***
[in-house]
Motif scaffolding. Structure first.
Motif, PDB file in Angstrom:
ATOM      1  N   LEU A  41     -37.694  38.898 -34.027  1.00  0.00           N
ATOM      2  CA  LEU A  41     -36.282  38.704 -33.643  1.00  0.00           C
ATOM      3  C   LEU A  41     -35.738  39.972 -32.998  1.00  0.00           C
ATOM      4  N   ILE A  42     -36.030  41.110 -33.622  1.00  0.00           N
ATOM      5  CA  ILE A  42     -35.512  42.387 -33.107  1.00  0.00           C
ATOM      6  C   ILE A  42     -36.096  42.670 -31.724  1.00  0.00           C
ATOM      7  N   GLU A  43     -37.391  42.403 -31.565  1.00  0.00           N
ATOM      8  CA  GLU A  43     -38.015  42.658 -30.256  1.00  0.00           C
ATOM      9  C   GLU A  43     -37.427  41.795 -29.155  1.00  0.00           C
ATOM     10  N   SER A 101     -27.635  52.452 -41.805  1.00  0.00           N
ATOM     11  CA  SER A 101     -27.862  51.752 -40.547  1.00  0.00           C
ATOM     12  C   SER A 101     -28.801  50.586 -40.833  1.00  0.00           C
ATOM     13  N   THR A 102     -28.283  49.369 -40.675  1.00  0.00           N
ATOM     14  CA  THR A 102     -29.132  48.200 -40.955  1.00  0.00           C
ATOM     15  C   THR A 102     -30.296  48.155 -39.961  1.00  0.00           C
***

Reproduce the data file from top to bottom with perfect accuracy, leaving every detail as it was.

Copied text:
[in-house]
Motif scaffolding. Structure first.
Motif, PDB file in Angstrom:
ATOM      1  N   LEU A  41     -37.694  38.898 -34.027  1.00  0.00           N
ATOM      2  CA  LEU A  41     -36.282  38.704 -33.643  1.00  0.00           C
ATOM      3  C   LEU A  41     -35.738  39.972 -32.998  1.00  0.00           C
ATOM      4  N   ILE A  42     -36.030  41.110 -33.622  1.00  0.00           N
ATOM      5  CA  ILE A  42     -35.512  42.387 -33.107  1.00  0.00           C
ATOM      6  C   ILE A  42     -36.096  42.670 -31.724  1.00  0.00           C
ATOM      7  N   GLU A  43     -37.391  42.403 -31.565  1.00  0.00           N
ATOM      8  CA  GLU A  43     -38.015  42.658 -30.256  1.00  0.00           C
ATOM      9  C   GLU A  43     -37.427  41.795 -29.155  1.00  0.00           C
ATOM     10  N   SER A 101     -27.635  52.452 -41.805  1.00  0.00           N
ATOM     11  CA  SER A 101     -27.862  51.752 -40.547  1.00  0.00           C
ATOM     12  C   SER A 101     -28.801  50.586 -40.833  1.00  0.00           C
ATOM     13  N   THR A 102     -28.283  49.369 -40.675  1.00  0.00           N
ATOM     14  CA  THR A 102     -29.132  48.200 -40.955  1.00  0.00           C
ATOM     15  C   THR A 102     -30.296  48.155 -39.961  1.00  0.00           C